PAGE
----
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DPHHS raising awareness about syphilis and other sexually transmitted diseases

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FOR IMMEDIATE RELEASE

April 12, 2017

Contact:  Jon Ebelt, Public Information Officer, DPHHS, (406) 444-0936

                Chuck Council, Communications Specialist, DPHHS, (406) 444-4391

 

DPHHS raising awareness about syphilis and other sexually transmitted diseases

 

April is National Sexually Transmitted Diseases (STD) Awareness Month, and the Department of Public Health and Human Services (DPHHS) and local public health agencies are raising awareness about those who may be at risk.

Judy Nielsen of the DPHHS STD-HIV Prevention Section said there are several steps people can take to prevent STDs. “It is important for Montanans to know that STDs are preventable and treatable,” Nielsen said. "The first step is becoming getting informed, then taking steps to protect yourself. If you are sexually active, talk to your health care provider about the need for testing. If you are at risk, regular screening is essential in preventing transmission and long term health consequences associated with STDs.”

Recently, public health officials are concerned about an increase in the number of syphilis cases in the state. The number of syphilis cases reported in the first three months of 2017 is approaching the totals reported in all of 2016. Thus far, 10 total cases have been reported in 2017, compared to the yearly average of eight.

Most of the 2017 cases have been reported in the more populated areas of Missoula, Yellowstone, Flathead, Cascade and Lewis and Clark counties, but there were also cases from the more rural areas of Stillwater, and Park counties. 

Curable with antibiotics, there have typically been less than eight new cases of syphilis in Montana per year. Without treatment, syphilis can eventually lead to severe health problems in those infected. One of the most serious complications is congenital syphilis which can happen when an untreated woman gives birth. Up to 40% of babies born to women with untreated syphilis die from the infection as a newborn.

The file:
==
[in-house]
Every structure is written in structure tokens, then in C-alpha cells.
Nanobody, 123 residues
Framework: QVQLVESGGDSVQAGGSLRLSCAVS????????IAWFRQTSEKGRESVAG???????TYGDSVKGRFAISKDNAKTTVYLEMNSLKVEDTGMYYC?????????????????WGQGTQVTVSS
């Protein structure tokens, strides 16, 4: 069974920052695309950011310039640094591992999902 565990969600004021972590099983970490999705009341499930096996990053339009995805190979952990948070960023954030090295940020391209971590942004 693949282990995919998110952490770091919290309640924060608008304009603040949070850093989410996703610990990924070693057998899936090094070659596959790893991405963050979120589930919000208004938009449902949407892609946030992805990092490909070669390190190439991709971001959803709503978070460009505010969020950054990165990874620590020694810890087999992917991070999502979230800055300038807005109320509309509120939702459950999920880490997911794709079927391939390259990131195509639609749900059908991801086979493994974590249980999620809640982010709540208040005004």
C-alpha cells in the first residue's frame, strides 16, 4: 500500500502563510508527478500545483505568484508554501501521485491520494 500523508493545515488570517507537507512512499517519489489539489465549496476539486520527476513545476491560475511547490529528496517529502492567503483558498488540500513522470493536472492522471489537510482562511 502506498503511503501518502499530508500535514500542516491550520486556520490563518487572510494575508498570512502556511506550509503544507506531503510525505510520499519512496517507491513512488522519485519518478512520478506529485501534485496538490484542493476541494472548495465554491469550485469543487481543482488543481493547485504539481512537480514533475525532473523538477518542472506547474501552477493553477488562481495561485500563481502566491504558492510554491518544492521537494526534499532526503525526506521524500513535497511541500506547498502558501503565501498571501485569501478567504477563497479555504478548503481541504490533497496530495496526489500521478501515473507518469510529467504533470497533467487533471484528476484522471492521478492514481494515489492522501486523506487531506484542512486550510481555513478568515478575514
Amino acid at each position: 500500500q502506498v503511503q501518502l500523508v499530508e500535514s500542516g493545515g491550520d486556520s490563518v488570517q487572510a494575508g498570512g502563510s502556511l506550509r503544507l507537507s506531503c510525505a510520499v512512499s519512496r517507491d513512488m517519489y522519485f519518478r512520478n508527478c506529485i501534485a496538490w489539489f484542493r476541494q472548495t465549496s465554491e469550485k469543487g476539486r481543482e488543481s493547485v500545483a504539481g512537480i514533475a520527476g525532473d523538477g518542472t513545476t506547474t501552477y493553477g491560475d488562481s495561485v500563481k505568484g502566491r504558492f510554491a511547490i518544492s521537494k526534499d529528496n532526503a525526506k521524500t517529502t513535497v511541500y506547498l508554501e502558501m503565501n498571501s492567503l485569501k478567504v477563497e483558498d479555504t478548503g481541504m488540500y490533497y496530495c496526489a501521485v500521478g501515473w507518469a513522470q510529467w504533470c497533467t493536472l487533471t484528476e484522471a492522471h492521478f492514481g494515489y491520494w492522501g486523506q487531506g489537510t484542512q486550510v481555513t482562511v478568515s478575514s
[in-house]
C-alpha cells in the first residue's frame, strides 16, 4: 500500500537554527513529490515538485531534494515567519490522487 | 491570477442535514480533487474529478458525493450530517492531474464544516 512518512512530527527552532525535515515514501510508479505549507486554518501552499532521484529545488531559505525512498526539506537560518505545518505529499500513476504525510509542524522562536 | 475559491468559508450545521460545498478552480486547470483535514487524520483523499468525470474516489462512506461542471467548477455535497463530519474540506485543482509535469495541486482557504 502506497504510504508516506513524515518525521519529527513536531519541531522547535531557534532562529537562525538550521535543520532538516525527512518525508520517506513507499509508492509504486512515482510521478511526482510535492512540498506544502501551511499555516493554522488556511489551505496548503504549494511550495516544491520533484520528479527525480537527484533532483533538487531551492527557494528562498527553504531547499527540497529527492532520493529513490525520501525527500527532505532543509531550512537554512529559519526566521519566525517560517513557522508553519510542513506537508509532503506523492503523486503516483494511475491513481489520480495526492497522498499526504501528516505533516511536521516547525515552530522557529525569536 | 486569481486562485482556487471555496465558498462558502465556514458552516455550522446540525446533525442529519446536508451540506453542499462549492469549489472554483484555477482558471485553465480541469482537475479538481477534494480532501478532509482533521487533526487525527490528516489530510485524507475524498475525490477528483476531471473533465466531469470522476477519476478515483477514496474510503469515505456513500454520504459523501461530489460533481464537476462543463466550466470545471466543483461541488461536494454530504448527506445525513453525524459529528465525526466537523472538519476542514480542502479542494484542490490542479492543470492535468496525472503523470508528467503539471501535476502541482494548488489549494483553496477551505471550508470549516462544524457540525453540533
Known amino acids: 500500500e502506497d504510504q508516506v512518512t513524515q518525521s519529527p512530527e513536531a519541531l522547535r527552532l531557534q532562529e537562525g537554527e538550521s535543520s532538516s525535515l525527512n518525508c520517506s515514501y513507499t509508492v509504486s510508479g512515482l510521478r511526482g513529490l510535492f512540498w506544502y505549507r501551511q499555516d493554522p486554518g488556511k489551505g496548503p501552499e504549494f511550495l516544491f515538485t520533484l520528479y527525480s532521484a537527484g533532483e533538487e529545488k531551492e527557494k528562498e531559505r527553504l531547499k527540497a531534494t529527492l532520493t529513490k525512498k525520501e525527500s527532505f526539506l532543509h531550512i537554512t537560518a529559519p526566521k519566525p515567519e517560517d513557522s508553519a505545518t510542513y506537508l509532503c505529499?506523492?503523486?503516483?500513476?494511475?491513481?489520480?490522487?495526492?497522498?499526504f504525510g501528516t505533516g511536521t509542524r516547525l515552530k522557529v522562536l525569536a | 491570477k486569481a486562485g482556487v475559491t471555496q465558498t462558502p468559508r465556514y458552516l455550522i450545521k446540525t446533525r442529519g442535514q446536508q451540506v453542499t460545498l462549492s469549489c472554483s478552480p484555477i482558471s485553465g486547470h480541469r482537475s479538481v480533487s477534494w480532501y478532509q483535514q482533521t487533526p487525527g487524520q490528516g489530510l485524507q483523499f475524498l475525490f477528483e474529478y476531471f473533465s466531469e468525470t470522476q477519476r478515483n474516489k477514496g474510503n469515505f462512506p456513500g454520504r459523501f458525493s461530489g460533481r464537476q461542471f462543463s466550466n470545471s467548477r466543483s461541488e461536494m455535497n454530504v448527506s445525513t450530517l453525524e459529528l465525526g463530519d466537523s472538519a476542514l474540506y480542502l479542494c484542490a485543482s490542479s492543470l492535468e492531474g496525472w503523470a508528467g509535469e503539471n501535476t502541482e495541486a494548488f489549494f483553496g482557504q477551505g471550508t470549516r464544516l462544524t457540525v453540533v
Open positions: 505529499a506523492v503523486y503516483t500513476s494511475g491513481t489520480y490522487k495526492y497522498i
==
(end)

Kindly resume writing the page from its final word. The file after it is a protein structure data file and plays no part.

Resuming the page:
Public health officials are also concerned about more common STDs like chlamydia and gonorrhea. In Montana, nearly 900 gonorrhea cases and 4,400 chlamydia cases were reported in 2016. Reports of both STDs were slightly higher than 2015. While treatable, these STDs are being found in younger males and females, and can adversely affect general and reproductive health.

The number of new HIV infections continues to be stable, averaging 20-22 cases annually. However, given the increase in other STDs, officials are concerned that the number of HIV infections could increase. Individuals with one STD are at risk for others and some such as syphilis increase one’s susceptibility to the HIV infection.

To lower your risk of syphilis and other sexually transmitted infections, DPHHS recommends the following:

·         Reduce your number of sexual partner/s or remain in a long-term monogamous relationship.

·         Talk to your partner about STDs.

·         Use latex condoms every time you have sex.

·         Get the vaccine for human papillomavirus, or HPV, which can protect you against diseases (including cancers) caused by the virus.

·        Speak with your health care provider about your sexual history so that he or she can provide you with the appropriate STD testing and prevention guidance.

“If you are not comfortable speaking with your regular health care provider, contact one of the clinics listed on the website below about confidential and free or low-cost testing,” Nielsen said.

For more information on STDs, HIV, testing, and how to protect yourself, contact your local health department or visit:  http://dphhs.mt.gov/